Water rebate could be introduced in Birmingham as Severn Trent and council in talks

Birmingham City Council in talks with Severn Trent to help residents amid cost of living crisis as almost fifth of the city’s population is on Universal Credit

A water rebate could soon be introduced to residents within Birmingham city council as the cost of living crisis continues to squeeze households.

Birmingham City Council leader Ian Ward has revealed talks are underway with Severn Trent to cut water bills for some of the city’s poorest households. The aim is to secure a reduction for residents currently in receipt of universal credit.

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It comes as 157,637 (17.8%) of Birmingham’s population, roughly 1.1 million, were on Universal Credit in February this year compared with 88,568 people (10%) in February 2020, according to government figures.

Water and sewerage bills will rise to £419 from April for the average household in England and Wales. The rise will add an extra £7 to bills, which is a 1.7% increase. In Scotland, water and sewerage prices depend on your council tax band and are covered by a “combined service charge”. Scottish households will see water and waste charges increase by 4.2% on average from April. In Northern Ireland, non-domestic water and sewerage charges will rise by 0.9%, in line with inflation, from 1 April.

How much are water bills set to rise by?

Water UK, the industry body, said bills would rise by an average of 1.7% in England and Wales from April, pushing up the typical annual bill by roughly £7 to £419 a year.

Although many households qualify for a social water tariff, which can save about £148 a year from the average bill, many customers who cannot afford their water bill are not receiving the financial support they need.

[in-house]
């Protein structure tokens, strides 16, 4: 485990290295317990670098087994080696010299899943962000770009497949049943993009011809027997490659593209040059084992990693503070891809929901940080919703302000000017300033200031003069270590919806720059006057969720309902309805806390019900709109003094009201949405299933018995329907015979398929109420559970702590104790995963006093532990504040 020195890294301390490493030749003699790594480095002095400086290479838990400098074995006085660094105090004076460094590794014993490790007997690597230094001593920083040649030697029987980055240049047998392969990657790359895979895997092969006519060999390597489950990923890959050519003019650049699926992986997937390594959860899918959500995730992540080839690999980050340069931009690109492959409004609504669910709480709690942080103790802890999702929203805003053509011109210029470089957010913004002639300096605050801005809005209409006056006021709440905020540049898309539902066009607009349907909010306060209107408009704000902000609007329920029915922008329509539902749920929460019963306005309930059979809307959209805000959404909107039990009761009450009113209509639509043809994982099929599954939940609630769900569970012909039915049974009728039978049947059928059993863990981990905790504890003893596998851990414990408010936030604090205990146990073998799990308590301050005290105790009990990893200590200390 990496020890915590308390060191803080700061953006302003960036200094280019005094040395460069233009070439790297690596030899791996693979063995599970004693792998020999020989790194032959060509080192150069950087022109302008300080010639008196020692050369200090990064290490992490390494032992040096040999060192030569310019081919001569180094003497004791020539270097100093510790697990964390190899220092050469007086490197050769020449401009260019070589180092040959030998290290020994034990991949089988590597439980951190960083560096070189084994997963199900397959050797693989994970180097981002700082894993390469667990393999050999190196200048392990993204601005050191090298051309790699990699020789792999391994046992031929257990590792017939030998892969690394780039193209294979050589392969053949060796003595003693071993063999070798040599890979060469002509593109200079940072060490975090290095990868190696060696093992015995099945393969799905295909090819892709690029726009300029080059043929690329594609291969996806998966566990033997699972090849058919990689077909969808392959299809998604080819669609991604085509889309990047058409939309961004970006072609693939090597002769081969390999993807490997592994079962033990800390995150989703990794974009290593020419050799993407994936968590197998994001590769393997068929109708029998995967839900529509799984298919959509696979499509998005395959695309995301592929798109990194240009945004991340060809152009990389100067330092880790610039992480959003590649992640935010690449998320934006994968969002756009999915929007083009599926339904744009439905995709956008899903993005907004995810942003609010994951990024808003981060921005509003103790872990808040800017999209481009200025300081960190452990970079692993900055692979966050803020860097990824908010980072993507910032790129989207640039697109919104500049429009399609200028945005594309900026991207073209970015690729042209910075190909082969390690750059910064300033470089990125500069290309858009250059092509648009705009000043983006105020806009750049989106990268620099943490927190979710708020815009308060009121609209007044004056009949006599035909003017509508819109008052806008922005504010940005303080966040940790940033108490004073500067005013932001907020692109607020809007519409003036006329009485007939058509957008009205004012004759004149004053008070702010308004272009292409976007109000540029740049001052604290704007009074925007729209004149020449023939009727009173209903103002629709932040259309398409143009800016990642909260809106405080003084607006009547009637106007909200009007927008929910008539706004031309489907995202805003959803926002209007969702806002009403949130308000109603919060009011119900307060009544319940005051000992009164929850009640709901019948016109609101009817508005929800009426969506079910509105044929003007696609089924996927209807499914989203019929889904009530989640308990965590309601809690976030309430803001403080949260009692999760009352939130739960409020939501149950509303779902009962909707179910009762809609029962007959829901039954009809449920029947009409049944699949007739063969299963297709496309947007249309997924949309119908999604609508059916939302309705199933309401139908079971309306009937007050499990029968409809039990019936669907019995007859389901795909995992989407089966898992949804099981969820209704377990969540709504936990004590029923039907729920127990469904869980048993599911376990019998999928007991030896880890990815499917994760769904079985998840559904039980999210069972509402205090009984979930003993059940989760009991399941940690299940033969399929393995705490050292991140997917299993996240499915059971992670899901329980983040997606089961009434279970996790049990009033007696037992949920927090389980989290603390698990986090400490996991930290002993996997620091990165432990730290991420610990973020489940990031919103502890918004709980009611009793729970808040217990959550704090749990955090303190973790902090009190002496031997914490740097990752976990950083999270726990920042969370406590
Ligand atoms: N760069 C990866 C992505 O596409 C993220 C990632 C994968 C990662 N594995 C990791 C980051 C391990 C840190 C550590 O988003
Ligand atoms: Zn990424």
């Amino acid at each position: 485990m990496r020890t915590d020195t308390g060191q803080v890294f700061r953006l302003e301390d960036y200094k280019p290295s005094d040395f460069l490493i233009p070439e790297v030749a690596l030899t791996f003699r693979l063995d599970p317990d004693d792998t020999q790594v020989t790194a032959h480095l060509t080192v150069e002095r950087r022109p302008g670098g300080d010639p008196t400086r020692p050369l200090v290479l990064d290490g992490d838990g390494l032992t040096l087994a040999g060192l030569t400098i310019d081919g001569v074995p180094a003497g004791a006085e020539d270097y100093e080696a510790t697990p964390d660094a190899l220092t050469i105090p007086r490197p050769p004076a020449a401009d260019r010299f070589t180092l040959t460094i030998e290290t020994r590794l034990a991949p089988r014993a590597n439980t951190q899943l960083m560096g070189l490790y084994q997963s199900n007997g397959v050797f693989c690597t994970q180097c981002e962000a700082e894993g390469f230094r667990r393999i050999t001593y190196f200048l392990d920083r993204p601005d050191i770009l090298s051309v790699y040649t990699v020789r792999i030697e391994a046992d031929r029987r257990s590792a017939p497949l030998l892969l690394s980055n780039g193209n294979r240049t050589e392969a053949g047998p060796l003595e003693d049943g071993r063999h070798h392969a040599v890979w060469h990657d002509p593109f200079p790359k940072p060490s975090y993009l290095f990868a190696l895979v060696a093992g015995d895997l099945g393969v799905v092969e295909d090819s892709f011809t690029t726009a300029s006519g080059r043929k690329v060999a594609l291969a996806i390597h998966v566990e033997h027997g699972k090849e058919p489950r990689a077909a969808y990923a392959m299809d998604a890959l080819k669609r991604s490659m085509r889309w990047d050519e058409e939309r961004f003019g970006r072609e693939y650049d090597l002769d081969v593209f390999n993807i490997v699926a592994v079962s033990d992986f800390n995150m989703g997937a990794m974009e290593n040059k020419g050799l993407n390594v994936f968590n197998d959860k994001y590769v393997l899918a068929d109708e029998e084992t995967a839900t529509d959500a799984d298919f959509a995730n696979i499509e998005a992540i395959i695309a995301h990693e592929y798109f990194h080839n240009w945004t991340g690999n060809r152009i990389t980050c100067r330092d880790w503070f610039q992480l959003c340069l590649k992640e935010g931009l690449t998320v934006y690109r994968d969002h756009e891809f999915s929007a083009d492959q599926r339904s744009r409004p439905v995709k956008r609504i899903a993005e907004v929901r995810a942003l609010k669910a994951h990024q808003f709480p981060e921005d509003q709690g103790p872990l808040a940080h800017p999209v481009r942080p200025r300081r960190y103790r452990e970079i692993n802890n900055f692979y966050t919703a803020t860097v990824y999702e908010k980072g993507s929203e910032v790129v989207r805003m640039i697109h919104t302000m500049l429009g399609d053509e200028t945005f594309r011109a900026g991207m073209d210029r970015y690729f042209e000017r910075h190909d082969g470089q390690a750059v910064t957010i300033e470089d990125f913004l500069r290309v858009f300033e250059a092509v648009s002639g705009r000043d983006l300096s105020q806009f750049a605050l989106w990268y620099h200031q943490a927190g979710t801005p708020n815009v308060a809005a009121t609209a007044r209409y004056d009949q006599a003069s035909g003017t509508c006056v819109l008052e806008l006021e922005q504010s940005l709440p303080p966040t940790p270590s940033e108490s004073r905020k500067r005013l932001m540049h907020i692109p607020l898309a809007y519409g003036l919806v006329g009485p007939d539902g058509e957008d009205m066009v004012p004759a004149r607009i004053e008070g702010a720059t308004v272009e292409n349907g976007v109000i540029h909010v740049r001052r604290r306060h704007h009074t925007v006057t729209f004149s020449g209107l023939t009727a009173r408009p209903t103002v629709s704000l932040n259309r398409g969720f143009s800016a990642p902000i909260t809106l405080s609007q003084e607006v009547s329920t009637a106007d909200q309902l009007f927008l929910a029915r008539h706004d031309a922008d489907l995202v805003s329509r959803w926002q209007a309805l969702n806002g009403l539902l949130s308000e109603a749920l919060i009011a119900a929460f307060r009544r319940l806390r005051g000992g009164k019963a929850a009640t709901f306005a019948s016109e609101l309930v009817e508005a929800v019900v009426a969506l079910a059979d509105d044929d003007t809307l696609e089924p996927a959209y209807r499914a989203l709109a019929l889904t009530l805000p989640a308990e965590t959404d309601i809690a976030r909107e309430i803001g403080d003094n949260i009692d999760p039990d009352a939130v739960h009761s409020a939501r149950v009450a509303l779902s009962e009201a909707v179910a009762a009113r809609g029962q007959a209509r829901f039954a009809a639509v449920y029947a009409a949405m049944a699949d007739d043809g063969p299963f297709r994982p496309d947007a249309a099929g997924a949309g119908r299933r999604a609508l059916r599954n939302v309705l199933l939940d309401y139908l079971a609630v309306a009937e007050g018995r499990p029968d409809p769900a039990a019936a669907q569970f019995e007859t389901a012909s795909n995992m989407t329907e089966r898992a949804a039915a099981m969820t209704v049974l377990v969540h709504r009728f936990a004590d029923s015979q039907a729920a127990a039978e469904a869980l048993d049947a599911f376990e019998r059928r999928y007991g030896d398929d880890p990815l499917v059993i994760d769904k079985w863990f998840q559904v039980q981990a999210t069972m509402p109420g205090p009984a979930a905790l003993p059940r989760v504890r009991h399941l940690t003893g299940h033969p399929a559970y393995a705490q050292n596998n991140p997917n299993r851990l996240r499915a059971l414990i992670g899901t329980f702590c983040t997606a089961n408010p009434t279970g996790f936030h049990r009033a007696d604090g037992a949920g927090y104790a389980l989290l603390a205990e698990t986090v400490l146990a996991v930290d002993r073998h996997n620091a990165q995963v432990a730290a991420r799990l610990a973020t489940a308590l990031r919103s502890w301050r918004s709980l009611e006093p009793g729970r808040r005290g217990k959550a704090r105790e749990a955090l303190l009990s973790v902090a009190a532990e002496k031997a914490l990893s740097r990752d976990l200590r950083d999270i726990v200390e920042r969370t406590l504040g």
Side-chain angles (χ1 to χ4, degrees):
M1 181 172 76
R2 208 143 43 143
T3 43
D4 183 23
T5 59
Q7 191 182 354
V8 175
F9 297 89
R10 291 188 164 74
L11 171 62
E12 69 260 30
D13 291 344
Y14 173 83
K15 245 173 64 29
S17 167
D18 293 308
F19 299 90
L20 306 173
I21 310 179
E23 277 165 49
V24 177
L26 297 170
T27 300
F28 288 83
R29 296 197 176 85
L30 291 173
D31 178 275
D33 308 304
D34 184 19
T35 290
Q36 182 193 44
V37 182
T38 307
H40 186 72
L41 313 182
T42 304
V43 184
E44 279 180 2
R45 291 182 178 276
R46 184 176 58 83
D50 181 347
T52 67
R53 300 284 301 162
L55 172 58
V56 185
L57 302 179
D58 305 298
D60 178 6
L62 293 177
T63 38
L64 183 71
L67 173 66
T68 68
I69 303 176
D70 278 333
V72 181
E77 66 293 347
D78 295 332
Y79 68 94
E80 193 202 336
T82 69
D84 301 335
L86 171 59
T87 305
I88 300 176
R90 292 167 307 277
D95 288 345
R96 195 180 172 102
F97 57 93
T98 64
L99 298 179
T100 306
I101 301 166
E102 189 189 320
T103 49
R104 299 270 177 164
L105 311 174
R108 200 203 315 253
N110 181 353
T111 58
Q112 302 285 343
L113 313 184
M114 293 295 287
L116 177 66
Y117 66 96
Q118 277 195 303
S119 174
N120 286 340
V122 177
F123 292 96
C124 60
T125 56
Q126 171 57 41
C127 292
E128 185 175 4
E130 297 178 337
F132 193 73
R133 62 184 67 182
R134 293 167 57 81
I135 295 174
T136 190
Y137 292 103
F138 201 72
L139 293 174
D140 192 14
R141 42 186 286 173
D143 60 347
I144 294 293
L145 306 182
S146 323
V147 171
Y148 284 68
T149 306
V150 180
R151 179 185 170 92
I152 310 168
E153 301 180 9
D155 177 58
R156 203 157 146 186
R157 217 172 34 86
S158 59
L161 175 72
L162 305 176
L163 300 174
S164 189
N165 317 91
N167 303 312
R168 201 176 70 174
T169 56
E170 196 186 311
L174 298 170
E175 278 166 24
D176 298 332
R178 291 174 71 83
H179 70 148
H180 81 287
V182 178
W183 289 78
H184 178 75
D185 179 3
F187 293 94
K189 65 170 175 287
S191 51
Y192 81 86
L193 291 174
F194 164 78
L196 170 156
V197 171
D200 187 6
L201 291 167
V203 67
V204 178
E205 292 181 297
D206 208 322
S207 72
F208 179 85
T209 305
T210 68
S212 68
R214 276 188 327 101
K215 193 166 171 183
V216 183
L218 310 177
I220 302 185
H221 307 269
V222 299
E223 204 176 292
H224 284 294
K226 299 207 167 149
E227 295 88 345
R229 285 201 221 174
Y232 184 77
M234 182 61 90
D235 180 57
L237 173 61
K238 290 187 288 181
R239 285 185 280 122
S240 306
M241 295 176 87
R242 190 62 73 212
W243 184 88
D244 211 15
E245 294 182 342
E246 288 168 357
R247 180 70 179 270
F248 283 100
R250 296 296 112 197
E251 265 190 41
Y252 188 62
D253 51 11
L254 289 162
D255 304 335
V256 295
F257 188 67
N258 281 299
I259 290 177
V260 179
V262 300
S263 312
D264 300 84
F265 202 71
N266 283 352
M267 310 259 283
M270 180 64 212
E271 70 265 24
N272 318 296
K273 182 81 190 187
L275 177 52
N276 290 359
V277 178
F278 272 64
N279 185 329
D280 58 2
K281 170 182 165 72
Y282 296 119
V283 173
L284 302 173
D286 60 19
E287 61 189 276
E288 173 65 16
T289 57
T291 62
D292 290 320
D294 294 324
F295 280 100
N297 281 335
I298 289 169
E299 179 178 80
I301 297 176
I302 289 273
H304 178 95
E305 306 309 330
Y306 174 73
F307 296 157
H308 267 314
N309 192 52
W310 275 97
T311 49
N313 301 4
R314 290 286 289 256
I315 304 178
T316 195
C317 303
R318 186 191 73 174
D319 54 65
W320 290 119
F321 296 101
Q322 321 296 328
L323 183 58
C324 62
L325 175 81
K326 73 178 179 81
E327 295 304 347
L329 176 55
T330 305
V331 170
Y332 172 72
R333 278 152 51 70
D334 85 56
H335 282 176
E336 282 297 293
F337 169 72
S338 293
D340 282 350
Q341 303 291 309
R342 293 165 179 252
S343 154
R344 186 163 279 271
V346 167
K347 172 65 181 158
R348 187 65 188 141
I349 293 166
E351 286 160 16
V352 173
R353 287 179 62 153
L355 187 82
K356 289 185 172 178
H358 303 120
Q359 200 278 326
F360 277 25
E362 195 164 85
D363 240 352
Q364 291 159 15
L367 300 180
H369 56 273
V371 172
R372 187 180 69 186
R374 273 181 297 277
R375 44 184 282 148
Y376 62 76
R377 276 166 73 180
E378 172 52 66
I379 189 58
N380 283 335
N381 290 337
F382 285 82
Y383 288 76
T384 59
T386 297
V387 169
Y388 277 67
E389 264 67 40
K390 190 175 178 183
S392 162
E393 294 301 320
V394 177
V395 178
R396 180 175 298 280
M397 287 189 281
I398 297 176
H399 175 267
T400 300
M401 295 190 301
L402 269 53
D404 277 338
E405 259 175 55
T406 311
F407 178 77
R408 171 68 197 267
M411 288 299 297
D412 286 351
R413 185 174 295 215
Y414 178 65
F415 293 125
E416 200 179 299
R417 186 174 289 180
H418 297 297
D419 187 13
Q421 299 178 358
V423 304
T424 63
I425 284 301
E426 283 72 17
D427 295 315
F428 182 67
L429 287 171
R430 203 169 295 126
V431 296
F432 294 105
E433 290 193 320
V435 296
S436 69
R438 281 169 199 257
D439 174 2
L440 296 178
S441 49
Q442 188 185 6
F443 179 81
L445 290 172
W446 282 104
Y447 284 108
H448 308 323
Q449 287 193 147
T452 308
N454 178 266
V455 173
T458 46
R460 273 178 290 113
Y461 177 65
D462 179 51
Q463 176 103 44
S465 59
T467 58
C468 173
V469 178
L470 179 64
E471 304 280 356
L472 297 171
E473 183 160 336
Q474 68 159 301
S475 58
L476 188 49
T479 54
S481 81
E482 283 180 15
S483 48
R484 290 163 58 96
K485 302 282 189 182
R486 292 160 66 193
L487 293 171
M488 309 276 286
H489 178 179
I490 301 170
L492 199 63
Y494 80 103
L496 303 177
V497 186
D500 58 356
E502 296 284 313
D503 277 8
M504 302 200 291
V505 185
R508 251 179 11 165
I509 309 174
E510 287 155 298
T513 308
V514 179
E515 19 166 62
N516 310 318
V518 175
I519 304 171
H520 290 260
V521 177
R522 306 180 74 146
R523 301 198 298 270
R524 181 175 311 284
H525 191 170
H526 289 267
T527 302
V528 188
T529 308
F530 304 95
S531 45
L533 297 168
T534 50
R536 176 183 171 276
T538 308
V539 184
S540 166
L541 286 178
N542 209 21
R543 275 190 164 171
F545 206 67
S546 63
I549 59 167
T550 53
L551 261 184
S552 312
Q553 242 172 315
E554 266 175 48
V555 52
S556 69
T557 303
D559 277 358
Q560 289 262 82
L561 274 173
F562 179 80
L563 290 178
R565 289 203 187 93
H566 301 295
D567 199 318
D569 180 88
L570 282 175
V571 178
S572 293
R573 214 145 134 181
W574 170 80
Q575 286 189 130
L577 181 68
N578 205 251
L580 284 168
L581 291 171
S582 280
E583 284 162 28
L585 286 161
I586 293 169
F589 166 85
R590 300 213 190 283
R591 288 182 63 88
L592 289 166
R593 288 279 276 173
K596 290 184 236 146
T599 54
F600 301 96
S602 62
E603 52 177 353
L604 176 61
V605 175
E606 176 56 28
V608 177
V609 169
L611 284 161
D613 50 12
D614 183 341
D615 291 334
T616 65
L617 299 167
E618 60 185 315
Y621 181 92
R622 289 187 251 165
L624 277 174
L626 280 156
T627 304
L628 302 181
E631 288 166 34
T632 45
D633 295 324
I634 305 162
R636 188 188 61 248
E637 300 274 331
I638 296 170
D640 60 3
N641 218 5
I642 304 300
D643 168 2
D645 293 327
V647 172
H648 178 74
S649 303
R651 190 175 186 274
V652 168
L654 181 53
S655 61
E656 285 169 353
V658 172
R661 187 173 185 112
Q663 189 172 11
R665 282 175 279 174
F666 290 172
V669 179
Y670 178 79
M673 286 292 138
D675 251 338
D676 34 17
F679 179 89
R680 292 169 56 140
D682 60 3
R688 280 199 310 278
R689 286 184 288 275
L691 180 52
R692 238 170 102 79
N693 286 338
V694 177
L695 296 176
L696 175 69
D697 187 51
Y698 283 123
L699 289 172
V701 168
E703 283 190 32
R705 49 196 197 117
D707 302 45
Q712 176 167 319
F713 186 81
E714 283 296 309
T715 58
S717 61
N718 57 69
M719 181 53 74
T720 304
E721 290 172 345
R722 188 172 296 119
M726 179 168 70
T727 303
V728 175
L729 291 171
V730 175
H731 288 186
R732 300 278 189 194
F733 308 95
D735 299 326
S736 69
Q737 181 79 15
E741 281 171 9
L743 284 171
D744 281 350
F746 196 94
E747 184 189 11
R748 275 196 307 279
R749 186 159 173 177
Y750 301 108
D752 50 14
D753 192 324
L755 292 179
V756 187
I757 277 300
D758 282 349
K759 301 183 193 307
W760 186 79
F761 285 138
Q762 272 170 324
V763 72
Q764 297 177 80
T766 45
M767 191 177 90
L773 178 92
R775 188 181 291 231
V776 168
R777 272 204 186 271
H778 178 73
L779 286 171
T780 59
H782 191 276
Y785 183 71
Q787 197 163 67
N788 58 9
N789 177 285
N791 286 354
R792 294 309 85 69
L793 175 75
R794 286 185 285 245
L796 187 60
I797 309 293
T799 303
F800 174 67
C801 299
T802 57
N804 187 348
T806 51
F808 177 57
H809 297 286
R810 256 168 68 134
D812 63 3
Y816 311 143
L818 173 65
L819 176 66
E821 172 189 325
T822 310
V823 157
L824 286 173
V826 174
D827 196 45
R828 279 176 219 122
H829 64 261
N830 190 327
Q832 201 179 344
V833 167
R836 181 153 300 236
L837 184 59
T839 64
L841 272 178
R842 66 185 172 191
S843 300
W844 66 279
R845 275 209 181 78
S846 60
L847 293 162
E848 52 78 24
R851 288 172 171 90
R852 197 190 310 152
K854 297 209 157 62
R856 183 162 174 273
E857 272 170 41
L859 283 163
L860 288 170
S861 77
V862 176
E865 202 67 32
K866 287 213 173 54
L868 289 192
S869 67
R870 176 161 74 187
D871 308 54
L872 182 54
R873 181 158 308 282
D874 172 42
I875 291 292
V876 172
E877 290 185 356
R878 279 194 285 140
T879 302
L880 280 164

Birmingham skyline

Are any parts of Birmingham more vulnerable than others?

Both Severn Trent and Birmingham city council have ambitions to help thousands of people out of poverty with East Birmingham seen as a potential area for intervention and support.

It comes as 85 per cent of wards in East Birmingham, including Hodge Hill, Washwood Heath, and Ward End, are within the top 10 per cent most deprived wards in England.

Cllr Ian Ward, Birmingham

What have politicians and Severn Trent said in their own words?

Birmingham council leader Ian Ward said: “The cost of living crisis means more and more people across Birmingham are struggling to keep their heads above water and I’m determined to work with our partners across the city to help in any way we can

“Severn Trent is committed to helping us support struggling households and we’re now drawing up plans to get help to those in greatest need. Together we want to help Birmingham families at a time of great hardship.”

Liv Garfield, chief executive, Severn Trent said: “We know that this is a challenging time for many of our customers facing cost of living challenges and we are absolutely committed to doing everything we can to help.

“We’re looking forward to working with Birmingham city council to ensure that those across the city that need extra help can get it.  We’ve got schemes to support customers with bills which are available through our website and very soon we’ll be sharing details of more support that we will be making available.”

Liam Byrne, MP for Hodge Hill, said: “Thank god Birmingham city council is stepping in where the government has failed to act. It’s the right time as families are sacrificing so much to make ends meet. This’ll make a vital bit of difference.”

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